MozillaZine

Mozilla Branding and Visual Identity Proposal

Thursday October 23rd, 2003

Steven Garrity has written a proposal for the branding and visual identity of the Mozilla Foundation and its products. The document, which does not necessarily reflect current mozilla.org thinking, recommends dropping the red Mozilla dragon head, clairifying the names of the various products, bumping the version number up to 2.0 when the switch to standalone applications takes place and making the icons more consistent. The Mozilla branding strategy and the Mozilla trademark policy give some insights into the Mozilla Foundation's plans for the Mozilla brand but note that both documents are currently under review and are likely to change in the future.

Thanks to Slashdot for alerting us to Steven's proposal.


#12 Re: Worth considering - esp. the plea for 2.0

by jgraham

Friday October 24th, 2003 5:58 AM

You are replying to this message

> And I stronly agree on calling the suite 2.0 rather than 1.x.

Listen. People keep saying "bump the version number to 2.0 because the suite is (eventually) disappearing and we want people to know there's a new product". However, such a suggestion represents a fundamental misunderstanding of the way that version numbering should work in a post-seamonkey era. You can view the code output of Mozilla.org as two seperate parts - the backend code that is common to all applications (i.e. the GRE plus a few other bits), and the front end code that is application specific (i.e. the Firebird frontend, the Thunderbird frontend, and so on). Traditionally (i.e. in seamonkey), these bits of code have always been developed and released concurrently and so the version number for the frontend and the backend was always the same, at least for the core components (note however that Seamonkey 1.5 comes with chatzilla 0.9.{something}). In a world where seamonkey is no longer being developed*, there is a much greater distinction between the backend code and the frontend products. In particular, they do not have simulatneous relaeses and have not been developed for the same length of time. The backend code retains the seamonkey version number e.g. 1.6a at present. Since the backend code is for developer use, it has developer naming conventions, in particular a major version number change occurs to indicate incompatible API changes. The frontend code can have version numbers that are totally independent of the backend code version numbers e.g. Firebird has reached 0.7 and Thunderbird has reached release 0.3. So saying that we should bump the backend version number to 2.0 to indidate the fact that the *birds have reached 1.0 seems perverse.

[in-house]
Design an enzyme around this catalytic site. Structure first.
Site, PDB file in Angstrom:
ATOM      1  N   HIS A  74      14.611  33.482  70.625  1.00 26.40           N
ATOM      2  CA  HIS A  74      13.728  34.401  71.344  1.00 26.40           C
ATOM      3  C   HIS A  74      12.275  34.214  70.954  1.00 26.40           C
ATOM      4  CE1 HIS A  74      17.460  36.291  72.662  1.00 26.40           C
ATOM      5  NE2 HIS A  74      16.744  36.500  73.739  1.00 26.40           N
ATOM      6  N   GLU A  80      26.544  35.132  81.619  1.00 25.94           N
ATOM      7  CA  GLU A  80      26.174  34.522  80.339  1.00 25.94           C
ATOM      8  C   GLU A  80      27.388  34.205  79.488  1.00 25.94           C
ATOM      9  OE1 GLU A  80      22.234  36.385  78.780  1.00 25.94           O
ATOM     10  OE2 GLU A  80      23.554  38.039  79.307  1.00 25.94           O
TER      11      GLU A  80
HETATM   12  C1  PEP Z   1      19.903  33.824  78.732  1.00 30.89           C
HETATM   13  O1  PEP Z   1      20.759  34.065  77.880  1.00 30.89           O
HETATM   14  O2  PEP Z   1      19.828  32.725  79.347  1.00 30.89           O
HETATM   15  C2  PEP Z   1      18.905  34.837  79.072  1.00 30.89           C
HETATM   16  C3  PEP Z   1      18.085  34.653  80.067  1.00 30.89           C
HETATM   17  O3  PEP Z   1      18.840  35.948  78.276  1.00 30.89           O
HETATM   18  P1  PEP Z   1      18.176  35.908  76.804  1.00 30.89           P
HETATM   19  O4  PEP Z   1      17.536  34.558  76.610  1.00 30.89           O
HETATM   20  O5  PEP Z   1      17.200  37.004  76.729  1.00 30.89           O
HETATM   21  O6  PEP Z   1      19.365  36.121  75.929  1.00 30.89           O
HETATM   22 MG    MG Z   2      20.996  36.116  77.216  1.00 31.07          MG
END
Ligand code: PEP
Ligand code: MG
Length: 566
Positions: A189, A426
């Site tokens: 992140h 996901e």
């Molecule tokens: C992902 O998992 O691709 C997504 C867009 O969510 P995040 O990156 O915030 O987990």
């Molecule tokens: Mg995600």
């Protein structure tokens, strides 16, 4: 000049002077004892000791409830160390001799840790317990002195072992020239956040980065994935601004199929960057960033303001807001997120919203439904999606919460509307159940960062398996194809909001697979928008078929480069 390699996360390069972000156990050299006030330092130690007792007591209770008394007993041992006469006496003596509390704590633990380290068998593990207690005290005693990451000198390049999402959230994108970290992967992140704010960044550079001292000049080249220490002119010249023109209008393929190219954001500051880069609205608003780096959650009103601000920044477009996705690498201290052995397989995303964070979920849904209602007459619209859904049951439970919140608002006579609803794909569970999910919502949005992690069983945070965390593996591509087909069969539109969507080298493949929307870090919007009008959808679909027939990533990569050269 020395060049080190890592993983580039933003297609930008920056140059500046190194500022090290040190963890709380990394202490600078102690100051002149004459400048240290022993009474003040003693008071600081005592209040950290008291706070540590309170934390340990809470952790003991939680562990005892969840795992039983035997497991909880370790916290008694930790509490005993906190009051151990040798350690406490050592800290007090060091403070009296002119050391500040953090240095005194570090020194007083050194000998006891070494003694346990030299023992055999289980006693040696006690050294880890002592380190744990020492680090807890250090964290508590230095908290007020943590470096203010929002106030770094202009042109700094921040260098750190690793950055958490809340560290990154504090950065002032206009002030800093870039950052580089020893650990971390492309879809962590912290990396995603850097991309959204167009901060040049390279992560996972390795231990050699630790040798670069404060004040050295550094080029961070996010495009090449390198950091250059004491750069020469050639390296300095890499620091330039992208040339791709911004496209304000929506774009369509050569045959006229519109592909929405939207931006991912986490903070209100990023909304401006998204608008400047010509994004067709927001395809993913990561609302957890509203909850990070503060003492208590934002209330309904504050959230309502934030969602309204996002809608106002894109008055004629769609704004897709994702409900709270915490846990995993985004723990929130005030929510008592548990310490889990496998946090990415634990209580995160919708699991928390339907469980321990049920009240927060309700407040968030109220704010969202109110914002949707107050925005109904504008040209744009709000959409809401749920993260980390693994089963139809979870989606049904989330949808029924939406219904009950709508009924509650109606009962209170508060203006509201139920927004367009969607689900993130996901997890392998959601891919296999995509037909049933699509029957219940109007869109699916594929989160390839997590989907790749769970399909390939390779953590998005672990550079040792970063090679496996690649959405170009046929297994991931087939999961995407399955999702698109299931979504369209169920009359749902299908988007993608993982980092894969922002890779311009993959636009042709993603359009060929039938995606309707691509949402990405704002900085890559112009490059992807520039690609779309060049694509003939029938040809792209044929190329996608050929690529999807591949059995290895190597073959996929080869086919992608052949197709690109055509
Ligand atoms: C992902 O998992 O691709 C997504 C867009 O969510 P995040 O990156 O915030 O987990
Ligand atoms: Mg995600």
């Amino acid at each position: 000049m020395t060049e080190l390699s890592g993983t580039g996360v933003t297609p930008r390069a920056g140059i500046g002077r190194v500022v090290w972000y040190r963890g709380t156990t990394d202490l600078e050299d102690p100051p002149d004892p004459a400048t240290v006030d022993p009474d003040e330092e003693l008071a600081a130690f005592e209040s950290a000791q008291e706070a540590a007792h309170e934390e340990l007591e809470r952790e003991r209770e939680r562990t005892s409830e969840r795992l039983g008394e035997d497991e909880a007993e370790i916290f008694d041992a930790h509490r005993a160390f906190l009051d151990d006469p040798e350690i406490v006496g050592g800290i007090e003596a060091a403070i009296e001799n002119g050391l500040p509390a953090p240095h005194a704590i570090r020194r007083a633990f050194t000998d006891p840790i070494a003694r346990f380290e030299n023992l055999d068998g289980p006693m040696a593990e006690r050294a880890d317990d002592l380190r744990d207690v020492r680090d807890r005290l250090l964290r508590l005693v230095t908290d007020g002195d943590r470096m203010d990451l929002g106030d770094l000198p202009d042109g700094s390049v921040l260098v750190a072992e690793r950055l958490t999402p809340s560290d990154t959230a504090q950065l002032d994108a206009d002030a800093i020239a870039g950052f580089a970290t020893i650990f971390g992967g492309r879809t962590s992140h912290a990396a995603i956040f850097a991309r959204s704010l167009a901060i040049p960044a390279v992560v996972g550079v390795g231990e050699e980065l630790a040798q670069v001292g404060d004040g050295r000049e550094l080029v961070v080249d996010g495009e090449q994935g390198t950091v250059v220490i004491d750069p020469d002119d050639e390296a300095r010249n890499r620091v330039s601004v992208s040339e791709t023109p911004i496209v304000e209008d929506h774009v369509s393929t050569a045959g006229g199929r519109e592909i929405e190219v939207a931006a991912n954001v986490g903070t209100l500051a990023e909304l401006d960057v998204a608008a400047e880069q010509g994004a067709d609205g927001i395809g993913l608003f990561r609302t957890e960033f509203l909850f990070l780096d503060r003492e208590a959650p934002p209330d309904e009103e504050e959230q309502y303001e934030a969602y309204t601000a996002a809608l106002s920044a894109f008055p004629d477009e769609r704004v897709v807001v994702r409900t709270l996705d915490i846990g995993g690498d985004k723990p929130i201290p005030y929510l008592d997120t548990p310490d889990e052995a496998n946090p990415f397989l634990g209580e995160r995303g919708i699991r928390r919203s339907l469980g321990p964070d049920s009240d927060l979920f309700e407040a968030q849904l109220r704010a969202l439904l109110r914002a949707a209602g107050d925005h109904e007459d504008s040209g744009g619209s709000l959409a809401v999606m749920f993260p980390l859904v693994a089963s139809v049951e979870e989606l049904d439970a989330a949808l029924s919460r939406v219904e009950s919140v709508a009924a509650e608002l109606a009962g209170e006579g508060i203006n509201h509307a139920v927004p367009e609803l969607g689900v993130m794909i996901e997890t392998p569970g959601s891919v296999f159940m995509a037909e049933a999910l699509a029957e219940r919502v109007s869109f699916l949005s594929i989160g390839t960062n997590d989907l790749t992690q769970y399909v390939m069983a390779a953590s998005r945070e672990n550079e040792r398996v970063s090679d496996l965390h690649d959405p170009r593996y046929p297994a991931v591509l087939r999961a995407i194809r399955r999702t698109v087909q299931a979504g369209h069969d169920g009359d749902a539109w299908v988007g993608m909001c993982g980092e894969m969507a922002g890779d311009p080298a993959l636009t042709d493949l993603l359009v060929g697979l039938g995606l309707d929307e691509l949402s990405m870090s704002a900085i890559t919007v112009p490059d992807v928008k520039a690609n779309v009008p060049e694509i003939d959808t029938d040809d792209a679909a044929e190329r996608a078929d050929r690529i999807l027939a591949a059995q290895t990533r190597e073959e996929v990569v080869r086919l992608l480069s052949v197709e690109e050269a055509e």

Now you could argue that when Mozilla browser and Mozilla mail** reach a stable status (i.e. they are no longer billed 'Technology previews'), they should have their version numbers bumped to 2.0 to distinguish them from the Seamonkey frontend which will still be at version 1.something (having the same version number as the backend for the historical reasons mentioned), or maybe bundled together and marketed as "Mozilla Internet Suite 2.0 (based on Gecko version 1.something)". However no one actually seems to be suggesting that - everyone is saying that the 1.something version of the backend should be changed, which makes no sense at all.

*This world seems increasingly unlikely to exist anytime in the near future, but lets assume that, even if Seamonkey is being developed, it is not being promoted to end users, which seems more likely.

**These names also look increasingly unlikely (although I don't have much evidence for that staement)